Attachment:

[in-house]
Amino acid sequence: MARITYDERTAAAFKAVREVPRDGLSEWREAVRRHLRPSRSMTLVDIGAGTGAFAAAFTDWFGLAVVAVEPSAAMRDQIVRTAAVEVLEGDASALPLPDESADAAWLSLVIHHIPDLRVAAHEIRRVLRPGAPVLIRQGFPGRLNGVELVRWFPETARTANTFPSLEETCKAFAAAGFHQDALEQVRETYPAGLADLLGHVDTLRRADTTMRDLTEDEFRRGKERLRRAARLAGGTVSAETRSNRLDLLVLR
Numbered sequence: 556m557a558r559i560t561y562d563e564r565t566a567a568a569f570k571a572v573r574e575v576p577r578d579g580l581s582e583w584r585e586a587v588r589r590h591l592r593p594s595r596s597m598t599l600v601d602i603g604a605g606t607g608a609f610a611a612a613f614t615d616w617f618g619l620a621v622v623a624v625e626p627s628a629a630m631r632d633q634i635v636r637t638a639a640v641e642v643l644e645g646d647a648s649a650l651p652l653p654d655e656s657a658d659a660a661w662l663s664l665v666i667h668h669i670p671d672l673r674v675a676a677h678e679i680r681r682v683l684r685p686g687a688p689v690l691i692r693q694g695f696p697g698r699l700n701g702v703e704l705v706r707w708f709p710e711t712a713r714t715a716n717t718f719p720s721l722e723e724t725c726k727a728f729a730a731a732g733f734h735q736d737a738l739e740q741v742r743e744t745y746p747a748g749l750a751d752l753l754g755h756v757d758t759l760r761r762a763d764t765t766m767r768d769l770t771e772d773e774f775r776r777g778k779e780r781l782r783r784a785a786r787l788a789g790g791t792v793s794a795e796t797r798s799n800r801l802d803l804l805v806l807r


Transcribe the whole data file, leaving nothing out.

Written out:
[in-house]
Amino acid sequence: MARITYDERTAAAFKAVREVPRDGLSEWREAVRRHLRPSRSMTLVDIGAGTGAFAAAFTDWFGLAVVAVEPSAAMRDQIVRTAAVEVLEGDASALPLPDESADAAWLSLVIHHIPDLRVAAHEIRRVLRPGAPVLIRQGFPGRLNGVELVRWFPETARTANTFPSLEETCKAFAAAGFHQDALEQVRETYPAGLADLLGHVDTLRRADTTMRDLTEDEFRRGKERLRRAARLAGGTVSAETRSNRLDLLVLR
Numbered sequence: 556m557a558r559i560t561y562d563e564r565t566a567a568a569f570k571a572v573r574e575v576p577r578d579g580l581s582e583w584r585e586a587v588r589r590h591l592r593p594s595r596s597m598t599l600v601d602i603g604a605g606t607g608a609f610a611a612a613f614t615d616w617f618g619l620a621v622v623a624v625e626p627s628a629a630m631r632d633q634i635v636r637t638a639a640v641e642v643l644e645g646d647a648s649a650l651p652l653p654d655e656s657a658d659a660a661w662l663s664l665v666i667h668h669i670p671d672l673r674v675a676a677h678e679i680r681r682v683l684r685p686g687a688p689v690l691i692r693q694g695f696p697g698r699l700n701g702v703e704l705v706r707w708f709p710e711t712a713r714t715a716n717t718f719p720s721l722e723e724t725c726k727a728f729a730a731a732g733f734h735q736d737a738l739e740q741v742r743e744t745y746p747a748g749l750a751d752l753l754g755h756v757d758t759l760r761r762a763d764t765t766m767r768d769l770t771e772d773e774f775r776r777g778k779e780r781l782r783r784a785a786r787l788a789g790g791t792v793s794a795e796t797r798s799n800r801l802d803l804l805v806l807r